Up 50% in value in the past year

The Stamp Man

The Stamp Man

2020-12-30 17:16:50

A massive tailwind for rare stamp investors

As we approach the end of what has been a horrible year for most people, we must hang on to the belief that things can and will get better. 

I know a lot of people remain very worried about the future and whether 2021 will be better or even worse than what we have just gone through.

Me, personally, I’m a glass half-full kind of guy. I do think we will get this horrible virus under control next year.

I do, however, have concerns about the economic story which will unfold. I worry about the value of my stock market investments, property and pension.

I take some solace in the fact the market for rare stamps looks like an oasis of security at this time.

I have a huge amount of my own capital committed to rare stamps and that is one thing I am not worried about. Not one bit.

You see, over the past year, some rare stamps have soared in value.

Take an example from this year’s recently published Stanley Gibbons “Commonwealth & British Empire Stamps” catalogue…

A mint example of SG1 from the former province of South Africa, Natal (the 1859 1d blue) is up from a price of £1,200 to £1,800.

That’s growth of 50% in one year.

I’m not suggesting this sort of growth can be seen across the board, but it does prove the kind of increases in value that can occur in a short period of time when a certain area of the market becomes hot.

I have been in the rare stamp market for over 20 years and this is no surprise to me.

The last major event in 2008, when the banking systems collapsed, was the last time rare stamps experienced a major bull market.

I believe 2021 could be the next big wave of growth for the rare stamp market.

There are 10 good reasons why…

Top 10 reasons rare stamps look like the perfect investment for 2021

  1. The stamp market has actually benefited from lockdown

During lockdown, we saw a marked increase in new collectors joining the hobby. We saw previous collectors taking up the hobby again. Existing collectors had more time on their hands. All of this led to a visible and material increase in demand across the whole market.

2. The market has become more transparent and liquid as it moved online during the pandemic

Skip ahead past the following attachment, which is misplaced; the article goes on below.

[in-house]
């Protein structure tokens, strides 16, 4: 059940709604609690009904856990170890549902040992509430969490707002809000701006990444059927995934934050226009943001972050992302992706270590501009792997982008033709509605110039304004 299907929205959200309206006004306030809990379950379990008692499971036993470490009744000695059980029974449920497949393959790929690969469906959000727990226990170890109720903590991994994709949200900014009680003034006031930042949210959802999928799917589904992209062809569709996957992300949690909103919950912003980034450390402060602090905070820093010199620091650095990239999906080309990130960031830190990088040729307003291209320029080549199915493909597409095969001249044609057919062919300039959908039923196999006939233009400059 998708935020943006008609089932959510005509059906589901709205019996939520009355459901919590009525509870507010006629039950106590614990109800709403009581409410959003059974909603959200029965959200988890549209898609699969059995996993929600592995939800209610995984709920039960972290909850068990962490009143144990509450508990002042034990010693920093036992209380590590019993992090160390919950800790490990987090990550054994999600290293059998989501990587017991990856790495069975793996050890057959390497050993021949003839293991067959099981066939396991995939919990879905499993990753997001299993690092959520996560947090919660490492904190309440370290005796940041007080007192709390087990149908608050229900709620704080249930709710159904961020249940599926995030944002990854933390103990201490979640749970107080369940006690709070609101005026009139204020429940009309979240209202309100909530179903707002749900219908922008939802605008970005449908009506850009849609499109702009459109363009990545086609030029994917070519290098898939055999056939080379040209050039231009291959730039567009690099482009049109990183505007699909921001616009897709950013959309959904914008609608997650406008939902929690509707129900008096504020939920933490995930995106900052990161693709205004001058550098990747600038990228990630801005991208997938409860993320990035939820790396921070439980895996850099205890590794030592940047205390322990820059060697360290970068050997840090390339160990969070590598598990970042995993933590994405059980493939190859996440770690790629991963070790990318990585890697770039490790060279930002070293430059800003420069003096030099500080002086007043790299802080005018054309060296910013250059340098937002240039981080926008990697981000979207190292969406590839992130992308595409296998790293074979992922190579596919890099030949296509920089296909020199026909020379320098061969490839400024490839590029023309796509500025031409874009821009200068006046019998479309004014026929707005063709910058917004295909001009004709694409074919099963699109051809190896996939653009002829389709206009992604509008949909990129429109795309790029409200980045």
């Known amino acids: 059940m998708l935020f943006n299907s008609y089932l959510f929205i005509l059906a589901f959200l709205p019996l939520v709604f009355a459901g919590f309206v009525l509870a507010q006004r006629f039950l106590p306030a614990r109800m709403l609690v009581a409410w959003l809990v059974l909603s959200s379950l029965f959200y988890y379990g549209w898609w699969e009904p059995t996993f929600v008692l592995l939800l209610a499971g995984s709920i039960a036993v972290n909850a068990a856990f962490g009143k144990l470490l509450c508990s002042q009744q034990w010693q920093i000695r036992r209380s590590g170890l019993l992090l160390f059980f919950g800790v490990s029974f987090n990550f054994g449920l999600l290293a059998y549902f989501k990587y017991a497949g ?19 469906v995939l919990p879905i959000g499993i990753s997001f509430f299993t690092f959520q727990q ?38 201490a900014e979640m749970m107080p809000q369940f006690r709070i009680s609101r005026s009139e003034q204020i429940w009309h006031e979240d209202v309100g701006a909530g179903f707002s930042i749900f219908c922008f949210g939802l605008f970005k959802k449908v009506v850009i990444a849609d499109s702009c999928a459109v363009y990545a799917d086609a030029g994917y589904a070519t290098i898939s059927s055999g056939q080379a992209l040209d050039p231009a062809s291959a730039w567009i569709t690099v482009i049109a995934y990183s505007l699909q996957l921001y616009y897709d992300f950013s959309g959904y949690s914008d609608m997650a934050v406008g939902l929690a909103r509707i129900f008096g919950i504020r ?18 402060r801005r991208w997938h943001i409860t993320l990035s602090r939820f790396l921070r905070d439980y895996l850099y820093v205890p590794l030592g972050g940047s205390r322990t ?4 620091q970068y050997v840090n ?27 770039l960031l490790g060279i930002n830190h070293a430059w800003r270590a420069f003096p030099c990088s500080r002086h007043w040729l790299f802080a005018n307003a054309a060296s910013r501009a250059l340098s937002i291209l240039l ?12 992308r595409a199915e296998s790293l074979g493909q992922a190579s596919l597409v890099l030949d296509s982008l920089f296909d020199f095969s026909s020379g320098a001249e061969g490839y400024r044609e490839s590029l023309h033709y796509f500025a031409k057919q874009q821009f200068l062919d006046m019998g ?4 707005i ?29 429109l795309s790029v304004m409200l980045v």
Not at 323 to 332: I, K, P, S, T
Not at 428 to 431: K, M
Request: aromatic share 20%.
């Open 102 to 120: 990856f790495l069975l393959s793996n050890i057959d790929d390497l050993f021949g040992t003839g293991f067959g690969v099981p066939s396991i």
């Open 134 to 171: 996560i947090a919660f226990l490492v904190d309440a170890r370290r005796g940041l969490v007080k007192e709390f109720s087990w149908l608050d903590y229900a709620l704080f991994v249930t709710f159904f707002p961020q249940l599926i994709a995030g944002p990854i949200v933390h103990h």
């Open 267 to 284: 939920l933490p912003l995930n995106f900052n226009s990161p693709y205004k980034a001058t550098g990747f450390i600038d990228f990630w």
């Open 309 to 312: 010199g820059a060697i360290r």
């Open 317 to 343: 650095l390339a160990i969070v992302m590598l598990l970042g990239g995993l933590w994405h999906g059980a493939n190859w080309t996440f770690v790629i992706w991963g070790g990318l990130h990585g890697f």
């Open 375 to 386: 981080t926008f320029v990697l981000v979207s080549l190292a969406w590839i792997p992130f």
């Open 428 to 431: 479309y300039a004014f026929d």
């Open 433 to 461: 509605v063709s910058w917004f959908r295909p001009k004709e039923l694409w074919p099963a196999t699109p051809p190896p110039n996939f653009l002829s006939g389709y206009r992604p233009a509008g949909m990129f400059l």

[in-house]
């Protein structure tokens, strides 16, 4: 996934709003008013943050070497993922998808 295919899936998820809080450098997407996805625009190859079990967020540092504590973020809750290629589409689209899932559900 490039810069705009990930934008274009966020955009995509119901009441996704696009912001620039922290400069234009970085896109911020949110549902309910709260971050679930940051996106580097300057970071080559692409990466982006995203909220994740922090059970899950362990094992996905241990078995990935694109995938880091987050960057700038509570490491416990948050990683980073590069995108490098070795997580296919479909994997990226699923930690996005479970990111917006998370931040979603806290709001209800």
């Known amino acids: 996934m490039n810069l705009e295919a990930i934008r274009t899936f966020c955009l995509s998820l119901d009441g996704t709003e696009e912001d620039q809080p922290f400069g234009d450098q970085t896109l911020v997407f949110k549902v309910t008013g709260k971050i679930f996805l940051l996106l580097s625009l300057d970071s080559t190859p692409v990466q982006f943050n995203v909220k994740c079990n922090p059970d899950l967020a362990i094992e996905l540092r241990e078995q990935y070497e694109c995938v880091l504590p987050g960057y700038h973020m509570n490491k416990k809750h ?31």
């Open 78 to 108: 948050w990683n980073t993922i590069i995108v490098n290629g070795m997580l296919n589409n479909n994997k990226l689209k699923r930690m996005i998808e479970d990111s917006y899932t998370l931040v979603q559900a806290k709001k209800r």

Lockdown restrictions have forced a major transition in the rare stamp market. Online sales have rocketed. The online market provides better transparency of pricing and quality. It also opens up the market to huge potential global liquidity.

3. Many commentators expect high inflation

Out of all the potential macro-economic events, high inflation is the one which has, historically, always led to high growth in the values of rare stamps. The last time of high inflation in the UK was between 1975-1980. The GB rare stamp market soared in value during that five-year period by 600%.

4. The rare stamp market has historically performed very favourably when the stock market performed badly

Whatever happens to the stock market next year, it is sure to be a bumpy ride. In the event of a falling stock market, rare stamps normally benefit. The reason for this is that more money moves out of the stock market when it is going down and into other investments. People tend to look for non-correlating assets and collectors are willing to allocate more cash to their hobby as a store of wealth.

5. We are receiving unsolicited enquiries from people looking to invest

This is exactly what happened in 2008 and we are seeing the same again. The impact of increased demand from investors means scarce assets become even scarcer as some are held, often for the long term, by investors as a store of wealth.

6. As a portable tangible asset, rare stamps can be used as an alternative currency

Rare stamps have been referred to in the past as the “Royal Currency”. They can be sold in multiple currencies around the world providing a protection against exchange rate risks.